What Your Child's Therapist Wants You To Know
I just met you today. We spent an hour together discussing your child, your parenting, your life and your struggles. We came up with a plan for how to help your child, and maybe we made another appointment. An hour isn’t long enough.
This is what I wish you knew:
I wish you knew that I’m a parent too. I wish you knew my kids aren’t perfect, and neither am I. I wish you knew I’m not judging you for any of your parenting choices, and I don’t think you’ve ruined your kid. I wish you knew the extent of poor parenting I’ve seen, and how I think you’re doing just fine.
I wish you knew that I trust you. I know I’m an expert in my field, but you’re the expert of your child. I will never know him as well as you. I may see her for 50 minutes a week, but you’re parenting her the other 10,030 minutes. I trust you when you tell me what she needs. I trust you when you say a strategy won’t work for her, and I want to hear more about why.
I wish you knew if I think your child may have a diagnosis, I really think about how to talk to you about it. I know that information is powerful and can be helpful, but also harmful. I am intentional with my language in an effort to be sensitive. I try to think about how I would want to hear this.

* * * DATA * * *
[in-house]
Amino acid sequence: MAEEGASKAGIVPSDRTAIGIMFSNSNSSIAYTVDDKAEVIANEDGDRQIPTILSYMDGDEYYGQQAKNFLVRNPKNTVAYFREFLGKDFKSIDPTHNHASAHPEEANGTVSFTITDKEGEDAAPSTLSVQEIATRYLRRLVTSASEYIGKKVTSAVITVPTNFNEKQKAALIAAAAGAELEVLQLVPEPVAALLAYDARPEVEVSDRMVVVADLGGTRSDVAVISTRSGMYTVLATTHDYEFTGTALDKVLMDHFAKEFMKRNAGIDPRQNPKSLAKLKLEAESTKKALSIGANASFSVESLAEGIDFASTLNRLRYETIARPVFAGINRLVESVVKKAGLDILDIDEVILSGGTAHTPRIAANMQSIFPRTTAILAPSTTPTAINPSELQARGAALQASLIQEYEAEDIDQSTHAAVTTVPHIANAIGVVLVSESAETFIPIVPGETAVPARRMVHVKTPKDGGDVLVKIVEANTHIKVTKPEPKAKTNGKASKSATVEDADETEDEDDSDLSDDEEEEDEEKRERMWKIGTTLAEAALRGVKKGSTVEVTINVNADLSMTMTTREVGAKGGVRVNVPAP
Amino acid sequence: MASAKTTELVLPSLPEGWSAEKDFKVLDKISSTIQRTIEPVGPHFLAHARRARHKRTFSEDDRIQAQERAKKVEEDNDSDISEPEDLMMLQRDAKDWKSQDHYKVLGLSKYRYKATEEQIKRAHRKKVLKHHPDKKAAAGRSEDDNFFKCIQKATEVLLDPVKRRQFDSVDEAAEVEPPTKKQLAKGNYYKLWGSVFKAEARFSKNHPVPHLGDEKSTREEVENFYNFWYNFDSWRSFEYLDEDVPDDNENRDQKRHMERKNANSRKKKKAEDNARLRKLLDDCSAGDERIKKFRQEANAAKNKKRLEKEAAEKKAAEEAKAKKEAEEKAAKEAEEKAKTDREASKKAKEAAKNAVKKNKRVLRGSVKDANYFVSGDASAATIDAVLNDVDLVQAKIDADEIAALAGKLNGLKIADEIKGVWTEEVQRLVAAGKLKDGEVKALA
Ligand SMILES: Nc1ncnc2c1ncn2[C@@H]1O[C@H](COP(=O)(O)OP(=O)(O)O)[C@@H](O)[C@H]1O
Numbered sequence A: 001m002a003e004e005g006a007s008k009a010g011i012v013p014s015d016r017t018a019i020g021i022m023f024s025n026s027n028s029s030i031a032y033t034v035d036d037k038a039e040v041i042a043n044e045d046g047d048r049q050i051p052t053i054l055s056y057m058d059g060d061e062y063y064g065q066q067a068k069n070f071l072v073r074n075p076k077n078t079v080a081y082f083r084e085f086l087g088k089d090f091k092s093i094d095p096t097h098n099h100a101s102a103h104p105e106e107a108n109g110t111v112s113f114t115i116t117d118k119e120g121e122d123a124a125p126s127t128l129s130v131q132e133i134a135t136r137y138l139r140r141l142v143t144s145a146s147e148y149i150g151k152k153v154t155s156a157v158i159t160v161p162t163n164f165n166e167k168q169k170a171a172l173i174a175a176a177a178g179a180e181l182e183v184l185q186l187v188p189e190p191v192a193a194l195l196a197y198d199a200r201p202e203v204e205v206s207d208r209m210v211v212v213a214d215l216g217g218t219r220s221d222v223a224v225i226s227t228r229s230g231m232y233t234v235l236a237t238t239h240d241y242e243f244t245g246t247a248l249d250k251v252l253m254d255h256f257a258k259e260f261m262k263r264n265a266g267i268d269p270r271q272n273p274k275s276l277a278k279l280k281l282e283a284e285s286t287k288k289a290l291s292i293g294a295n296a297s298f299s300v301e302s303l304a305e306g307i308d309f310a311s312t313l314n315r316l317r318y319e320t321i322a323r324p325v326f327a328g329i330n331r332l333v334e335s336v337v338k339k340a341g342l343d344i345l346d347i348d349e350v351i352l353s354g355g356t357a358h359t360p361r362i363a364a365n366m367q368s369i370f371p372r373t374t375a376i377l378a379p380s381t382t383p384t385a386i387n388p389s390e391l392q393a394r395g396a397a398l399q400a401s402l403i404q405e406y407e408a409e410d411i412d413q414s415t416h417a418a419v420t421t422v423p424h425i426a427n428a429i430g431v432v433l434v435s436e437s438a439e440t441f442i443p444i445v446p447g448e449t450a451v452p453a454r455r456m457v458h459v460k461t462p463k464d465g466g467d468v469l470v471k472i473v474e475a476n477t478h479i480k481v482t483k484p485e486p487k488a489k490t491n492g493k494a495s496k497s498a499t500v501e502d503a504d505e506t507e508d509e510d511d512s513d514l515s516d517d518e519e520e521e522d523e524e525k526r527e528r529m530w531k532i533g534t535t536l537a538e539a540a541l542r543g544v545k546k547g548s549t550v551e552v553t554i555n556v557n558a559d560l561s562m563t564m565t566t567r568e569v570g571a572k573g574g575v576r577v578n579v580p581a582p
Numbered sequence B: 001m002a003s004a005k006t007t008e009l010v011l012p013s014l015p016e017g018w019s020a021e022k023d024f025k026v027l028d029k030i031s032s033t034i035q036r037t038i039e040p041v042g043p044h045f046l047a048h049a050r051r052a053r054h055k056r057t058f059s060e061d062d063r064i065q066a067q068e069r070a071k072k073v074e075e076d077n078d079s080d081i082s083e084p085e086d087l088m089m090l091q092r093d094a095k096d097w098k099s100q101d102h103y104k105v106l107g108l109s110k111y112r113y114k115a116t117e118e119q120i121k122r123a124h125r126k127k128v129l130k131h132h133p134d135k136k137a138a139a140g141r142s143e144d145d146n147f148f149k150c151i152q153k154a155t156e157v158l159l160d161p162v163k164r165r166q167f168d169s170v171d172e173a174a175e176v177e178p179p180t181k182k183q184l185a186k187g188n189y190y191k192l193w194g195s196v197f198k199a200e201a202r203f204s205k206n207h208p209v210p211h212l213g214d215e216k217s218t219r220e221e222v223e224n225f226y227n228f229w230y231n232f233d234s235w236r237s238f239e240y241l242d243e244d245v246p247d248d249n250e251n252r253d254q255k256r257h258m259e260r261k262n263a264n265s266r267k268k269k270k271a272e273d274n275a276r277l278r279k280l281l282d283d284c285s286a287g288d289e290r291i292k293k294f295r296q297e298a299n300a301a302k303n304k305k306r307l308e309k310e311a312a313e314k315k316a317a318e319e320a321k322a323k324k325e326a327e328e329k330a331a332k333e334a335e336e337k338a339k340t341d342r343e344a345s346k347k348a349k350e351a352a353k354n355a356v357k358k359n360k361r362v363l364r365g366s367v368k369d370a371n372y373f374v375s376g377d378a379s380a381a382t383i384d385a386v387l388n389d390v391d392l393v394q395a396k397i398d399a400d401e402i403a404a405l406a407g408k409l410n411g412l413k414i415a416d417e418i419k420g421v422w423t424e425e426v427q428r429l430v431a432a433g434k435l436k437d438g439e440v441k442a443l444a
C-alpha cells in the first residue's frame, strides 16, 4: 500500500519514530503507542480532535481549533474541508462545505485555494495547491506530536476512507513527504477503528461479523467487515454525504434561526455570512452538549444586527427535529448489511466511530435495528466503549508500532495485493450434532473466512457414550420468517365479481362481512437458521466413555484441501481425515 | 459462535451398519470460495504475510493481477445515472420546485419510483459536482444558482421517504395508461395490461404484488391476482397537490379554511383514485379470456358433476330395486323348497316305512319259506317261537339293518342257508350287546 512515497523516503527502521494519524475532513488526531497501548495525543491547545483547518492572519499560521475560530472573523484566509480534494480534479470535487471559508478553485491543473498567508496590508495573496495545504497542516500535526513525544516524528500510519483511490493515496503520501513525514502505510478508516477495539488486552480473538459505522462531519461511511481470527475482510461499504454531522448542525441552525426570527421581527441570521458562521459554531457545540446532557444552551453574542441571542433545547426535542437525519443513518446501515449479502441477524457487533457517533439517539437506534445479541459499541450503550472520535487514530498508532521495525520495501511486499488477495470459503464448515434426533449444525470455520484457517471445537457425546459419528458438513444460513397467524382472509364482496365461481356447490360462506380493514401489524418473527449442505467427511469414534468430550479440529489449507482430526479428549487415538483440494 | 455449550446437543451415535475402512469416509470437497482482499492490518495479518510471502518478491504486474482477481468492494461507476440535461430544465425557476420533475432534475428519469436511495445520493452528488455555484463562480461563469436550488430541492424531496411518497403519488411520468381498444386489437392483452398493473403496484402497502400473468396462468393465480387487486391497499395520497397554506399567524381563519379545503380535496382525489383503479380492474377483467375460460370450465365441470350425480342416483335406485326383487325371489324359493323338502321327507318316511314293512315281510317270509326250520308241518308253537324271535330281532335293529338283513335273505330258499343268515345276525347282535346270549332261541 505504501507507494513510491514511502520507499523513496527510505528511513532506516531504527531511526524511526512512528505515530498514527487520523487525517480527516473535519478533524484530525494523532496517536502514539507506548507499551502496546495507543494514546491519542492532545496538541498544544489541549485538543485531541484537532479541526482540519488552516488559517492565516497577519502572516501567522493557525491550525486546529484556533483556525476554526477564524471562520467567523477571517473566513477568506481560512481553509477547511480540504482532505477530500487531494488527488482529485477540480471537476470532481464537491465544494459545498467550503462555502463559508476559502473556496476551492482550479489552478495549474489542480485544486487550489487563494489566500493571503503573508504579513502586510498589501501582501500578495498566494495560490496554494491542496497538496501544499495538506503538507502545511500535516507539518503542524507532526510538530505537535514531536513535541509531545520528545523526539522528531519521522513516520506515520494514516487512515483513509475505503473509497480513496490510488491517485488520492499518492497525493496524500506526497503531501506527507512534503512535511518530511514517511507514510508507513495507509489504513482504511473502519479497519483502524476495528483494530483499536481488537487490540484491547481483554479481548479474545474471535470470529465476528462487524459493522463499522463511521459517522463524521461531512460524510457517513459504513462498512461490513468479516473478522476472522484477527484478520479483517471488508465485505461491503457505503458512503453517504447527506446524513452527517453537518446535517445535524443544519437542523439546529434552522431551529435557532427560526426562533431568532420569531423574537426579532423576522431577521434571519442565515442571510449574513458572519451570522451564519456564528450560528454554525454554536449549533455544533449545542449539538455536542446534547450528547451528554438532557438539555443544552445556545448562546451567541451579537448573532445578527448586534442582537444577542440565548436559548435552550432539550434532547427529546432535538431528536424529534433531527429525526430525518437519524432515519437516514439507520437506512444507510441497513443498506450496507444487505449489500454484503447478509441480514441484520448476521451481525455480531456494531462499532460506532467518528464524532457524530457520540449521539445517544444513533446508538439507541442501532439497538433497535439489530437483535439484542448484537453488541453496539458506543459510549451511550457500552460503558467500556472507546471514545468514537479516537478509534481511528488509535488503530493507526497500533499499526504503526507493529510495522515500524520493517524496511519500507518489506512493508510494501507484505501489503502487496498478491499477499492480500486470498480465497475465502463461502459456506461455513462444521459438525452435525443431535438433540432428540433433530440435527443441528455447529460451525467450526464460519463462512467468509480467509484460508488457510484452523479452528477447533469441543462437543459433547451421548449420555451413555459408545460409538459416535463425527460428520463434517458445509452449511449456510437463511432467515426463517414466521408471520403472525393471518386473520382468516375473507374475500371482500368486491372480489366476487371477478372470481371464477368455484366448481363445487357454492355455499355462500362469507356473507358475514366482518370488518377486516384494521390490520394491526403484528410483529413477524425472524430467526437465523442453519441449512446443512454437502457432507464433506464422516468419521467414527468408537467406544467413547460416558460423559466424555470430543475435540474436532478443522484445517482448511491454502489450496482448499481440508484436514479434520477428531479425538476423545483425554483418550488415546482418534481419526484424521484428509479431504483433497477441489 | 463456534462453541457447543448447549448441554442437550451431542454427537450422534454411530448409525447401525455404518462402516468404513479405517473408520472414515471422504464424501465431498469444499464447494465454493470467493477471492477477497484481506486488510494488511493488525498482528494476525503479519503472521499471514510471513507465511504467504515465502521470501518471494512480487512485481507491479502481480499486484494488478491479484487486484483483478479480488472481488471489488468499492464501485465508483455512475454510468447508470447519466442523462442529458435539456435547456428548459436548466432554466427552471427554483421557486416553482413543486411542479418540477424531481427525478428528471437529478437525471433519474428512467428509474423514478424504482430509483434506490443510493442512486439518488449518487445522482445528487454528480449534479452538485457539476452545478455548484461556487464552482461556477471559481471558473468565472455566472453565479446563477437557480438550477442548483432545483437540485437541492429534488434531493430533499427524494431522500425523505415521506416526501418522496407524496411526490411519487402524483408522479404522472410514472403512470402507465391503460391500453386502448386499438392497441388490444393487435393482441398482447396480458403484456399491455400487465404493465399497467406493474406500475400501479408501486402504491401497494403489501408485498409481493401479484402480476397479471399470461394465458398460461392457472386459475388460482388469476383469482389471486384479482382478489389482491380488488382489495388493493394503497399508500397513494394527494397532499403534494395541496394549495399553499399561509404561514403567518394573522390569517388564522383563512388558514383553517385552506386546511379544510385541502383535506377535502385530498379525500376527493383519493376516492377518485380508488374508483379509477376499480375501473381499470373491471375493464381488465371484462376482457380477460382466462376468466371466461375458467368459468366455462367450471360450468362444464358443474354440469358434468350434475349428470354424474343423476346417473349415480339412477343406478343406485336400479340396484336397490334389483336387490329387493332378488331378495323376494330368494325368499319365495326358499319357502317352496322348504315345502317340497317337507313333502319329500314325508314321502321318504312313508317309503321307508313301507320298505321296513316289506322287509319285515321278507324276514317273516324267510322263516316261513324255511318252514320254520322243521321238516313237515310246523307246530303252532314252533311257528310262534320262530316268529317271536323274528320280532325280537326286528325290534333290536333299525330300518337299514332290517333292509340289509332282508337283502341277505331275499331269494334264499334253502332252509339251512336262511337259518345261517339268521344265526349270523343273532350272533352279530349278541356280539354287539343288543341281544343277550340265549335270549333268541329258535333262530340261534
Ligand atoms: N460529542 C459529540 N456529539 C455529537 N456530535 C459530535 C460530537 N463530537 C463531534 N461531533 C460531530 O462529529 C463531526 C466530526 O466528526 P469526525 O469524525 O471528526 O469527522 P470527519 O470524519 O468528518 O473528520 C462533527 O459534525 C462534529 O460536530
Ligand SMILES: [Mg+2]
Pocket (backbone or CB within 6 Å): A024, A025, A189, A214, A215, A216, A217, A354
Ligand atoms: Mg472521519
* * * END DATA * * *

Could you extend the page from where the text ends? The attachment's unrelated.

I wish you knew I want your family to see success. My job is more than just a paycheck to me. I spend time outside of session reading, researching, planning and preparing for you and your child. My job is challenging and at times draining, but coming to work fills me with hopeful energy. I love the work I do and the people I work with. I genuinely hope things improve for you, and I want to work with you.
There’s a saying in the mental health world, “If you think you’ve ruined your child, you probably have. If you think you haven’t, you definitely have.” I wish you knew I think that’s true for all of us. The only parents I worry about are the ones who think they have it all together.
We’re in this together.
Your Child’s Therapist